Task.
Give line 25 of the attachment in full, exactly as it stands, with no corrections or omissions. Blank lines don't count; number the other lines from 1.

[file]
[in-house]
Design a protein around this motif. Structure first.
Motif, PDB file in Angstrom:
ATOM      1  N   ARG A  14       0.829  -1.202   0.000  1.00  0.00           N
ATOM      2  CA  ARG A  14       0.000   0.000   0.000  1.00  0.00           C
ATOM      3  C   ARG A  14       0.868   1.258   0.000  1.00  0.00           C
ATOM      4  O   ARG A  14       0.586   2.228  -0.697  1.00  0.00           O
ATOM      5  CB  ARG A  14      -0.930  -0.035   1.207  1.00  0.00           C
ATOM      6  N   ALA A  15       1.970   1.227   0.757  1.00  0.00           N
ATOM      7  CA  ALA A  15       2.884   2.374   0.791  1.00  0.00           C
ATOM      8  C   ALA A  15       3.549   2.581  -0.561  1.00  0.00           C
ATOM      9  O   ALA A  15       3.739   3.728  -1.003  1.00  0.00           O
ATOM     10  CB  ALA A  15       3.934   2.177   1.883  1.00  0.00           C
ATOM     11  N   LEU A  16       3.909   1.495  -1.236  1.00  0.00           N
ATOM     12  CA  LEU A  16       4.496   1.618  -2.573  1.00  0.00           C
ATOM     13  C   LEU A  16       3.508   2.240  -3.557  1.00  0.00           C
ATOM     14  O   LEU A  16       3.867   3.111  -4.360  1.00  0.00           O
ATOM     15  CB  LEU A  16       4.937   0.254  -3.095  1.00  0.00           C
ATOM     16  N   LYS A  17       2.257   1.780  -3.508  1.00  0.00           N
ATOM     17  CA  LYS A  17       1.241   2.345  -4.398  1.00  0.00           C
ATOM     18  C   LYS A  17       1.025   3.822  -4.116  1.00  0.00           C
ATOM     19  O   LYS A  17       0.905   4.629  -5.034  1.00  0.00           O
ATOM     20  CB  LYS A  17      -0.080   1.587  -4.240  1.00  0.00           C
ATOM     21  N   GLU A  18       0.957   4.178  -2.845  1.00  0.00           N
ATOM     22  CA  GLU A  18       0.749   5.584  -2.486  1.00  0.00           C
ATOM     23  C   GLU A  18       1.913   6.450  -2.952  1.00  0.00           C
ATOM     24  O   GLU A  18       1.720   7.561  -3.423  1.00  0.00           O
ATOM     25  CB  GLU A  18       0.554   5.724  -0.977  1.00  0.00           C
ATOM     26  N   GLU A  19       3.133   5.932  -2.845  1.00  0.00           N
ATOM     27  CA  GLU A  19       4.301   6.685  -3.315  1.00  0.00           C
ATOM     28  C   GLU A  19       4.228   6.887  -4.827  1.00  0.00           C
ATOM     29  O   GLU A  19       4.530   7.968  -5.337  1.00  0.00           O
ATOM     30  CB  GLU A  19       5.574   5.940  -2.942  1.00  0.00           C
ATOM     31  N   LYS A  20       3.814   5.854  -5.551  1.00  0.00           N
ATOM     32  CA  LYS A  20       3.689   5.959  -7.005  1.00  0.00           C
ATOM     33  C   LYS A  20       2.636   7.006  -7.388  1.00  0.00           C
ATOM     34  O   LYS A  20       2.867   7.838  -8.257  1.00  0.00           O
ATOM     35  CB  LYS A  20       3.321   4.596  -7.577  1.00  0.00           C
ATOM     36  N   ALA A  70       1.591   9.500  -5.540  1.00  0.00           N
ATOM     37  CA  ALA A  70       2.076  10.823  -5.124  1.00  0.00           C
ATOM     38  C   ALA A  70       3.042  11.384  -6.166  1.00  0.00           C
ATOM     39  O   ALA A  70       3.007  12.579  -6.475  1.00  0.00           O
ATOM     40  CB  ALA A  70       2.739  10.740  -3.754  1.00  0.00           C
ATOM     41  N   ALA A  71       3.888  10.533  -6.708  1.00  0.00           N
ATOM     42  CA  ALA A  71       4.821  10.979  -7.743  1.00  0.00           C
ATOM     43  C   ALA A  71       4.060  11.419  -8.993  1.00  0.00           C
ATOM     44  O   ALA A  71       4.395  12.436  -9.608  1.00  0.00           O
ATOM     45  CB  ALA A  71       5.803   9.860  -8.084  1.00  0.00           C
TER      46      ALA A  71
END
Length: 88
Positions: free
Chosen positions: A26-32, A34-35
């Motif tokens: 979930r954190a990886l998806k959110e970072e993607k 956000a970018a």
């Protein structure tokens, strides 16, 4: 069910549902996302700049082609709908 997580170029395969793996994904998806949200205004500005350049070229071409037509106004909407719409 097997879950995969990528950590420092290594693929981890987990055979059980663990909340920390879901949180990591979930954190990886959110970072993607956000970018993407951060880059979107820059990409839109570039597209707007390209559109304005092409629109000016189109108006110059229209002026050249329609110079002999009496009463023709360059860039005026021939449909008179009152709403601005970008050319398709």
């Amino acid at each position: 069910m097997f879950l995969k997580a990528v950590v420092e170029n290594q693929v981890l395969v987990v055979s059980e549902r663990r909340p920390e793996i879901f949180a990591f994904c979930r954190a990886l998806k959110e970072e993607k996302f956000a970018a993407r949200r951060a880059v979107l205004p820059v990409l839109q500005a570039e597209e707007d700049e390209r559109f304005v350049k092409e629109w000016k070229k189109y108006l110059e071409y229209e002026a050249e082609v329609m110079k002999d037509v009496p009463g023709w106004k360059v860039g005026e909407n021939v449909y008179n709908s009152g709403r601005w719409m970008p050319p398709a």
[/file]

ATOM     22  CA  GLU A  18       0.749   5.584  -2.486  1.00  0.00           C